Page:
Avocados (Persea americana, USDA hardiness zones 10-12) are a delicious and healthy addition to your diet, but they do have one major downside: They're known to be tricky in terms of ripening, and an underripe or overripe avocado will be far less pleasant and sometimes inedible. Getting the ripening process right can ensure a perfect avocado every time.
Ripening on the Tree
If you've grown your own tree from seed, it will take a while for you to start seeing avocado fruits. Avocado trees grown from seed can take many years to begin flowering and bearing fruit. There may be another disappointment, too, when the fruits from your seed-started tree do not resemble the avocado from which you extracted the seed in terms of quality and taste.
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Once your avocado tree is producing fruits, it's important to know when to pick them. The ideal month to pick the fruit depends on the variety, but the common Hass avocado (Persea americana 'Hass,' zones 9-11) tends to be riper during the summer months. A good indicator that it's time to pick is if a few of the fruits have already dropped.
If you are picking your own avocados to check for ripeness, begin by picking just one large specimen, allowing it some time to ripen. Then, check on the fruit before picking any others.
Ripening Avocados After Picking
Avocados are unusual in that after picking, they require extra time to fully ripen. If you aren't ready to begin eating your avocados, it's best to leave them on the tree until 10 days to two weeks before you want to begin eating them.
If you are buying your avocado in a store, planning ahead is key. Think about how soon you want to eat your avocado and purchase accordingly. A darker, softer-feeling fruit will be ready for consumption more quickly, while a firmer, greener specimen will need a few days of ripening before it can be eaten.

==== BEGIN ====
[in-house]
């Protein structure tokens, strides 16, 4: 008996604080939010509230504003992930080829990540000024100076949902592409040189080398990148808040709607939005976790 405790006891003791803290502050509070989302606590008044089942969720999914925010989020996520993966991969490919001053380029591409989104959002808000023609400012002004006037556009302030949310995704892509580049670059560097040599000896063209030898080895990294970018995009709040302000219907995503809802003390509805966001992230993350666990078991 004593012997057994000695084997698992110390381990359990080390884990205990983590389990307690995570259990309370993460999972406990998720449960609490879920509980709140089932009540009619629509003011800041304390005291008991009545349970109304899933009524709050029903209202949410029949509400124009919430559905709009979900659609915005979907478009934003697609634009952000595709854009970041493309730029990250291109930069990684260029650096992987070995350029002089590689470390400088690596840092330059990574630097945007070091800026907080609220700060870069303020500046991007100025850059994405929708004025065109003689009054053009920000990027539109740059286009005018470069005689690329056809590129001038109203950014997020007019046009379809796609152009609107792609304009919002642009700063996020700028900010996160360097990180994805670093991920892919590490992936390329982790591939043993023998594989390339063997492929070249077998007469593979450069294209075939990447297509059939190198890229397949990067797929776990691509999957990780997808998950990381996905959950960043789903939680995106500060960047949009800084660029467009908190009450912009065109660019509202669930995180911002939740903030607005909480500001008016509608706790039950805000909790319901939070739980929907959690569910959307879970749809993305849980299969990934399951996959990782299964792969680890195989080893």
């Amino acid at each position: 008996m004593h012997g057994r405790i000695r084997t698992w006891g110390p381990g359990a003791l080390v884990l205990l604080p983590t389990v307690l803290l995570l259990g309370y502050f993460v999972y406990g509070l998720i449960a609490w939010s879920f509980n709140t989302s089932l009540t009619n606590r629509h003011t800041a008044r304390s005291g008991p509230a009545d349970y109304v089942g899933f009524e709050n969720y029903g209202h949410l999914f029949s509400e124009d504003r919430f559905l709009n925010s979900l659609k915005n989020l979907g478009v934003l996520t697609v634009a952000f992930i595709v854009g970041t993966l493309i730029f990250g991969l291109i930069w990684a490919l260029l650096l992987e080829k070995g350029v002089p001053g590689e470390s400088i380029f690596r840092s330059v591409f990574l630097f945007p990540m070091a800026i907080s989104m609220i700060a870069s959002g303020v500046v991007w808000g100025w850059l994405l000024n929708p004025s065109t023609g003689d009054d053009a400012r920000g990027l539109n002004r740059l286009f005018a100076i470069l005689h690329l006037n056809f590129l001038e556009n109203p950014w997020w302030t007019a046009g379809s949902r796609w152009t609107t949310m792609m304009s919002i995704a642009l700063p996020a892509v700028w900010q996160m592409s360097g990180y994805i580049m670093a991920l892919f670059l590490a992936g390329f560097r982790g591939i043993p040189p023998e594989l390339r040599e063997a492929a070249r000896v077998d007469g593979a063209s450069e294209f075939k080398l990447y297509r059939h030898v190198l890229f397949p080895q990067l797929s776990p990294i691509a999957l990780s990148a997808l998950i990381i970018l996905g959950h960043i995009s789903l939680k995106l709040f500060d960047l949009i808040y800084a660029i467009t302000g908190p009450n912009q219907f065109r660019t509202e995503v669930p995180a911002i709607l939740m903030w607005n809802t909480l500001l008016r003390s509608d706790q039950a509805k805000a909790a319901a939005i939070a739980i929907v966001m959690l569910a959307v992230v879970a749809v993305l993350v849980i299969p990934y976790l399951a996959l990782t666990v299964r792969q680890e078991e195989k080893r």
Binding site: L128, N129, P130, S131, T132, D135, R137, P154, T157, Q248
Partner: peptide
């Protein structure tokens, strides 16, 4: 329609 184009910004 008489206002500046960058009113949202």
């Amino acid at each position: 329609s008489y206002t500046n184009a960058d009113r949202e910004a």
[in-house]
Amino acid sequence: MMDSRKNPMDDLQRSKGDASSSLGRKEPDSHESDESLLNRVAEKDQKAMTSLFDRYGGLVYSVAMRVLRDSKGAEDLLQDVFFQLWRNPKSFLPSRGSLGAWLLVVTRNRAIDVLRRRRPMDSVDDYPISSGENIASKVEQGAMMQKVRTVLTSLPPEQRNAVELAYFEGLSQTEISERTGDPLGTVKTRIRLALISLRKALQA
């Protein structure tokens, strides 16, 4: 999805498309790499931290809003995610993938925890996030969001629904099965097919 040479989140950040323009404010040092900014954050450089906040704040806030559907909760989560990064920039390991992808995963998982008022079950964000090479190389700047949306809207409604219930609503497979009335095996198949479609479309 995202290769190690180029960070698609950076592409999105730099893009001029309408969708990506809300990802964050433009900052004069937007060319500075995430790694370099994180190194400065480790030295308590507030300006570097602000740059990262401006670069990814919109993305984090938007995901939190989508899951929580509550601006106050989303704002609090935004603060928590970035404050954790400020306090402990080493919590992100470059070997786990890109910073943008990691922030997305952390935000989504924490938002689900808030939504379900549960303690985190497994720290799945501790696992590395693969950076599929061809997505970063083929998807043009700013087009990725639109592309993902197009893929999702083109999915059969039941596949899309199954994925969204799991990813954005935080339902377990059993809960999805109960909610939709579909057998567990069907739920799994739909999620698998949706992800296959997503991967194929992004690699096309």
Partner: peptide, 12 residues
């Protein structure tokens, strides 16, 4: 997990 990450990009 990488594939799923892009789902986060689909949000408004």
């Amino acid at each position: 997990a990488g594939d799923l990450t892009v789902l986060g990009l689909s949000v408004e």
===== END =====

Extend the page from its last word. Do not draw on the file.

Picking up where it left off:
To keep picked avocados from ripening too fast, you should store them in your fridge rather than in a fruit bowl at room temperature. Lower temperatures mean slower ripening. Avocados produce ethylene gas during their ripening process, so ensuring they have airflow and the gas doesn't become trapped can also help prevent avocados from ripening too fast. Other fruits that produce ethylene gas can speed up the ripening process too, so keep your avocados away from apples and bananas in particular.
Keeping Avocados Fresh
Once you've pitted and peeled your avocado, you have a pretty short window in which to eat it. There are certain things you can do to keep your opened avocado fresher for longer, though. You should store your avocado in an airtight container in your refrigerator.
If your avocado starts to look brown, you can remove the spoiled parts, and the fruit underneath should still be fresh. Storing your remaining avocado with the pit still attached can also slow down the ripening process simply by minimizing the amount of fruit that is exposed to the air and oxidization.
Another tip to help keep your avocados fresher for longer is applying some kind of edible acid to the exposed area of the fruit. Both apple cider vinegar and lemon juice can help prevent an avocado from turning brown. It may add to the taste of the fruit too.